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The common clinical features reported in ring chromosome 22 cases include overall developmental delay with severe speech disability, growth retardation with frequently associated microcephaly, hypotonia, and dysmorphic traits, such as epicanthus, normally placed but large and dysplastic ears, long eyelashes with full eyebrows, and occasionally high arched palate, dental malocclusion, and mild hypertelorism.1–9 Second and third toe syndactyly, unsteady gait, hyperactivity, aggressive behaviour, autistic disorders,3, 4 and seizures or abnormal EEG1, 2 have also been reported. The recently described subtelomeric 22q deletion syndrome showed overlapping clinical features with a generalised developmental delay, particularly severe in the area of expressive speech.10–14 The phenotype is usually more severe in cases of ring chromosome 22 compared with subtelomeric 22q deletions. The phenotypic differences, particularly the growth retardation with microcephaly and the severe mental delay, could be the result of a larger deletion size in ring chromosome 22 cases. We report the molecular cytogenetic analysis of a ring chromosome 22 in a young boy investigated for global development and severe speech delay. This is the first molecular analysis of a ring chromosome 22 harbouring the second smallest 22qter microdeletion reported so far. Characteristics of cases with ring chromosome 22 and subtelomeric 22q deletion are reviewed.
PATIENT, MATERIALS, AND METHODS
The patient, a 7 year old boy, was seen for evaluation of global developmental delay. He was born to healthy, non-consanguineous parents aged 35 (mother) and 39 (father) years. His two older sisters were normal. Pregnancy, delivery, and the neonatal period were uneventful. His birth weight was 3330 g (50th centile), length was 50 cm (25th centile), and head circumference was 35 cm (50th centile). At the age of 4 months, his weight, height, and head circumference were 6500 g, 62 cm, and 42.5 cm, respectively (50th centile). At the age of 20 months, his head circumference was 50.5 cm (>75th centile). Mild motor developmental delay was noticed from the 12th month; the child began to walk at 17 months. Evaluation at the age of 7 showed a generalised developmental delay with a patent discrepancy between development of speech and of the other areas. Difficulties in running and going down the stairs persisted, he could not ride a bicycle, and his manual ability was poor, but the clinical examination did not find any definite neurological syndrome. The language impairment was severe; he spoke his first words at the age of 6 and he constructed only simple sentences with difficulty at the time of examination. Behavioural problems were also noted, such as hyperactivity, short attention span, and aggressive outbursts. The only minor dysmorphic findings were a broad nasal bridge, long lashes, dental malocclusion, and a high arched palate (fig 1). Audiometry and EEG were normal.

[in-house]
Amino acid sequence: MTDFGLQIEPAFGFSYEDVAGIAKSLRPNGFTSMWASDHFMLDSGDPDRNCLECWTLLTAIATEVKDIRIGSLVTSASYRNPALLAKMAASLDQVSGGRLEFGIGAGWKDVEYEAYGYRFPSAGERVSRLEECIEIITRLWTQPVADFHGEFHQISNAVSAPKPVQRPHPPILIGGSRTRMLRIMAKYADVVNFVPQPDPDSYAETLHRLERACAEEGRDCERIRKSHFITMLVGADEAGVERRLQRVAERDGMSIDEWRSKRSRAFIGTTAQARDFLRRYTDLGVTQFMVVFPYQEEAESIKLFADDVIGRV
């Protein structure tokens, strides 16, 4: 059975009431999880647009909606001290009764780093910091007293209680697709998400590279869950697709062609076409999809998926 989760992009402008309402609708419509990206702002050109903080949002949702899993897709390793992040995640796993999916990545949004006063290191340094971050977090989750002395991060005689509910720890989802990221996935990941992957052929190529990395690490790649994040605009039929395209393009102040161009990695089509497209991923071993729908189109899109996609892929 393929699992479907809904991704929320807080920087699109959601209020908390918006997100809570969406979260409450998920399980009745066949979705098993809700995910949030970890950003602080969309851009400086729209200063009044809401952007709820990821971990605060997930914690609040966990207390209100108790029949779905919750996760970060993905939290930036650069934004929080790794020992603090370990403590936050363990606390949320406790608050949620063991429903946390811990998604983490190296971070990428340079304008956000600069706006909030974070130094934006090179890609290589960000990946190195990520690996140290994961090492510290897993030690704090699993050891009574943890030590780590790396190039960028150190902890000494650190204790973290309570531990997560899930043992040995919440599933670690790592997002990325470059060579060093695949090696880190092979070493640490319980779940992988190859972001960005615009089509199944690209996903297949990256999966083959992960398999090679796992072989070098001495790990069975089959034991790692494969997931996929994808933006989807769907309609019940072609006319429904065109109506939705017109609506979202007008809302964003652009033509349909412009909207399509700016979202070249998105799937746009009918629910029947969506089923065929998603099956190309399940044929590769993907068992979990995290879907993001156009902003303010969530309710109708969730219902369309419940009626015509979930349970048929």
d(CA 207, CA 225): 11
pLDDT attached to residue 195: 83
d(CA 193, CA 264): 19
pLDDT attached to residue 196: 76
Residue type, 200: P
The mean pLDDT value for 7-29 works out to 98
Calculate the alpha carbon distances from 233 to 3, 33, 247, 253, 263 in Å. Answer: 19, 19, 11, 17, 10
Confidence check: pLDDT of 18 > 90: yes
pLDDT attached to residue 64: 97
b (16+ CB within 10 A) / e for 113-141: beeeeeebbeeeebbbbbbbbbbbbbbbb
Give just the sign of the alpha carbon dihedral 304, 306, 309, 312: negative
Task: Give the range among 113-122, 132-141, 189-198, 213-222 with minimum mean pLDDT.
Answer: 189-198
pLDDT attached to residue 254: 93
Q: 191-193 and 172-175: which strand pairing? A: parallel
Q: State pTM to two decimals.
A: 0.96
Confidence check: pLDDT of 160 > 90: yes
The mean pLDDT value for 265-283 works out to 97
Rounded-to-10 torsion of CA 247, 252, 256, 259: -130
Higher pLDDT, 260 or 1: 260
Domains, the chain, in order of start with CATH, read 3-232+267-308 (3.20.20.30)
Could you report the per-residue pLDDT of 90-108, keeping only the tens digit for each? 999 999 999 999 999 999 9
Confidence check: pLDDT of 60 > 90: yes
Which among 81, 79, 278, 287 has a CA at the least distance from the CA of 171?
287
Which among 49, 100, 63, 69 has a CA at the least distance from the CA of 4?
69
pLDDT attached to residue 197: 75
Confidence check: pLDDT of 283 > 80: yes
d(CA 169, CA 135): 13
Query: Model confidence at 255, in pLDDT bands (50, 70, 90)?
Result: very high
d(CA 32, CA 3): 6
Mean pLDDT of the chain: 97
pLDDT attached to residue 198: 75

Standard and high resolution R and G banding chromosomal analyses were performed on metaphase preparations obtained from peripheral blood lymphocytes of the proband and his parents.
Fluorescence in situ hybridisation (FISH)
Five fluorescent 22q13 specific probes were used: two commercially available probes, D22S39 (Appligene Oncor Inc, Illkirch) and D22S1726 (AmpliTech Cytocell Inc, Compiégne) and three BAC recombinants containing the markers D22S45, D22S55, and ARSA.
Metaphase spreads were prepared from peripheral blood lymphocyte cultures of the proband and his parents. Commercial probes were hybridised according to the manufacturer's instructions. BACs were biotinylated by nick translation (Roche Inc, Mannheim) and subsequently hybridised overnight after preannealing with Cot-1 DNA (Vysis, Inc) using standard protocols. For these probes, signal amplification was performed using fluorescein labelled avidin and anti-avidin antibodies (Oncor). Chromosomes were counterstained with propidium iodide (Sigma) or 4`,6-diamidino-2-phenylindole (DAPI) (Sigma). Preparations were examined using a Zeiss Axioplan 2 epifluorescence microscope with a triple band pass filter.